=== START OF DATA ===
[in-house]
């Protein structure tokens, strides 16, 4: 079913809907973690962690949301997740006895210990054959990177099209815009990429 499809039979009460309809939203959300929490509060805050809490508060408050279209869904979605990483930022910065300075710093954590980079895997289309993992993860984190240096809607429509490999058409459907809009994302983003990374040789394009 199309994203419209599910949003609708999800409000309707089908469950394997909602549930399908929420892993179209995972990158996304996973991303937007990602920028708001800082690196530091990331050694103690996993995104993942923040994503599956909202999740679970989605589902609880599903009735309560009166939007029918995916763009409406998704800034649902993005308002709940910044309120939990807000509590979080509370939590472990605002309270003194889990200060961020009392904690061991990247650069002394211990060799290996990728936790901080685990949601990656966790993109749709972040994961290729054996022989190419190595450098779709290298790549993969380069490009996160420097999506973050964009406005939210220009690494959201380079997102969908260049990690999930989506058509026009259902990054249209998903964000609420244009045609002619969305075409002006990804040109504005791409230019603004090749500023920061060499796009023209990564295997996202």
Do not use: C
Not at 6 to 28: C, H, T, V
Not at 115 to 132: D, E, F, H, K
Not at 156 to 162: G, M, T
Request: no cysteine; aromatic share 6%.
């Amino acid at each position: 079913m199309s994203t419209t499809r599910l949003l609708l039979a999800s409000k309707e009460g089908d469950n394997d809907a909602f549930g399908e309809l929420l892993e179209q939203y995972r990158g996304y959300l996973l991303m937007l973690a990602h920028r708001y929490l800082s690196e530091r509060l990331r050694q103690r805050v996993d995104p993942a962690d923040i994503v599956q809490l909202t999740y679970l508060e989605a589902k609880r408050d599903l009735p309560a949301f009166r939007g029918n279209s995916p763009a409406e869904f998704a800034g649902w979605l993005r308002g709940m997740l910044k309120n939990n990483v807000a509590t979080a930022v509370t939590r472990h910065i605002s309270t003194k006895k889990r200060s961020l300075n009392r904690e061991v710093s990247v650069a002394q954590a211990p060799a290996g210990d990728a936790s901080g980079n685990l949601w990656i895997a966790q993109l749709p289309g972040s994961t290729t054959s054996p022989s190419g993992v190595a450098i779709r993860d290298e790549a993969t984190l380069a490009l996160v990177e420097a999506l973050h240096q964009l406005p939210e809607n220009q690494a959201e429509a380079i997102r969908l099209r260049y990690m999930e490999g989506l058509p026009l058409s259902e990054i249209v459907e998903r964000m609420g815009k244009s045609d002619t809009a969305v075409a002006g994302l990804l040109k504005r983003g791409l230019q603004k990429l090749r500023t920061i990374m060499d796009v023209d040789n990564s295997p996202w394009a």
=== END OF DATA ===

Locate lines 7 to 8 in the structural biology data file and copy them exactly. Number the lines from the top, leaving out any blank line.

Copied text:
Request: no cysteine; aromatic share 6%.
């Amino acid at each position: 079913m199309s994203t419209t499809r599910l949003l609708l039979a999800s409000k309707e009460g089908d469950n394997d809907a909602f549930g399908e309809l929420l892993e179209q939203y995972r990158g996304y959300l996973l991303m937007l973690a990602h920028r708001y929490l800082s690196e530091r509060l990331r050694q103690r805050v996993d995104p993942a962690d923040i994503v599956q809490l909202t999740y679970l508060e989605a589902k609880r408050d599903l009735p309560a949301f009166r939007g029918n279209s995916p763009a409406e869904f998704a800034g649902w979605l993005r308002g709940m997740l910044k309120n939990n990483v807000a509590t979080a930022v509370t939590r472990h910065i605002s309270t003194k006895k889990r200060s961020l300075n009392r904690e061991v710093s990247v650069a002394q954590a211990p060799a290996g210990d990728a936790s901080g980079n685990l949601w990656i895997a966790q993109l749709p289309g972040s994961t290729t054959s054996p022989s190419g993992v190595a450098i779709r993860d290298e790549a993969t984190l380069a490009l996160v990177e420097a999506l973050h240096q964009l406005p939210e809607n220009q690494a959201e429509a380079i997102r969908l099209r260049y990690m999930e490999g989506l058509p026009l058409s259902e990054i249209v459907e998903r964000m609420g815009k244009s045609d002619t809009a969305v075409a002006g994302l990804l040109k504005r983003g791409l230019q603004k990429l090749r500023t920061i990374m060499d796009v023209d040789n990564s295997p996202w394009a």